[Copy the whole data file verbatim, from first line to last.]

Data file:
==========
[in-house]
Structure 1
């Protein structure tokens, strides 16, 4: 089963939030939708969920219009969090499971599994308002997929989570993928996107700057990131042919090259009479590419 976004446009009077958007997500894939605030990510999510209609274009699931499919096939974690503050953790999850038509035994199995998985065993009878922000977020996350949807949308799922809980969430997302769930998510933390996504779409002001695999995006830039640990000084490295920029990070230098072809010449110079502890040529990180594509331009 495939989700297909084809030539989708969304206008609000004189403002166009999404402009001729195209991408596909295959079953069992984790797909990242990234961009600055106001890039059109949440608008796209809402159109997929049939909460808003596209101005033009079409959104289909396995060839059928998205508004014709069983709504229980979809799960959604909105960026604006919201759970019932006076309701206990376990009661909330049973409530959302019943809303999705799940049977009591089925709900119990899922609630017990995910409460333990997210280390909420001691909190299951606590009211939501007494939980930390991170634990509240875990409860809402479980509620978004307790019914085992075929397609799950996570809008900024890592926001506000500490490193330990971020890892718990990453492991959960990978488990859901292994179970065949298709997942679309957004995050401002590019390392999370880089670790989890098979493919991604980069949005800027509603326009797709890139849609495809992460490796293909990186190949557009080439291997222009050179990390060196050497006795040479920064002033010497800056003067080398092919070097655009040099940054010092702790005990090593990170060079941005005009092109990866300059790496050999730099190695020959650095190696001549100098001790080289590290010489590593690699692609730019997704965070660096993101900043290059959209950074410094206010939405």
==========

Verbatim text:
[in-house]
Structure 1
């Protein structure tokens, strides 16, 4: 089963939030939708969920219009969090499971599994308002997929989570993928996107700057990131042919090259009479590419 976004446009009077958007997500894939605030990510999510209609274009699931499919096939974690503050953790999850038509035994199995998985065993009878922000977020996350949807949308799922809980969430997302769930998510933390996504779409002001695999995006830039640990000084490295920029990070230098072809010449110079502890040529990180594509331009 495939989700297909084809030539989708969304206008609000004189403002166009999404402009001729195209991408596909295959079953069992984790797909990242990234961009600055106001890039059109949440608008796209809402159109997929049939909460808003596209101005033009079409959104289909396995060839059928998205508004014709069983709504229980979809799960959604909105960026604006919201759970019932006076309701206990376990009661909330049973409530959302019943809303999705799940049977009591089925709900119990899922609630017990995910409460333990997210280390909420001691909190299951606590009211939501007494939980930390991170634990509240875990409860809402479980509620978004307790019914085992075929397609799950996570809008900024890592926001506000500490490193330990971020890892718990990453492991959960990978488990859901292994179970065949298709997942679309957004995050401002590019390392999370880089670790989890098979493919991604980069949005800027509603326009797709890139849609495809992460490796293909990186190949557009080439291997222009050179990390060196050497006795040479920064002033010497800056003067080398092919070097655009040099940054010092702790005990090593990170060079941005005009092109990866300059790496050999730099190695020959650095190696001549100098001790080289590290010489590593690699692609730019997704965070660096993101900043290059959209950074410094206010939405």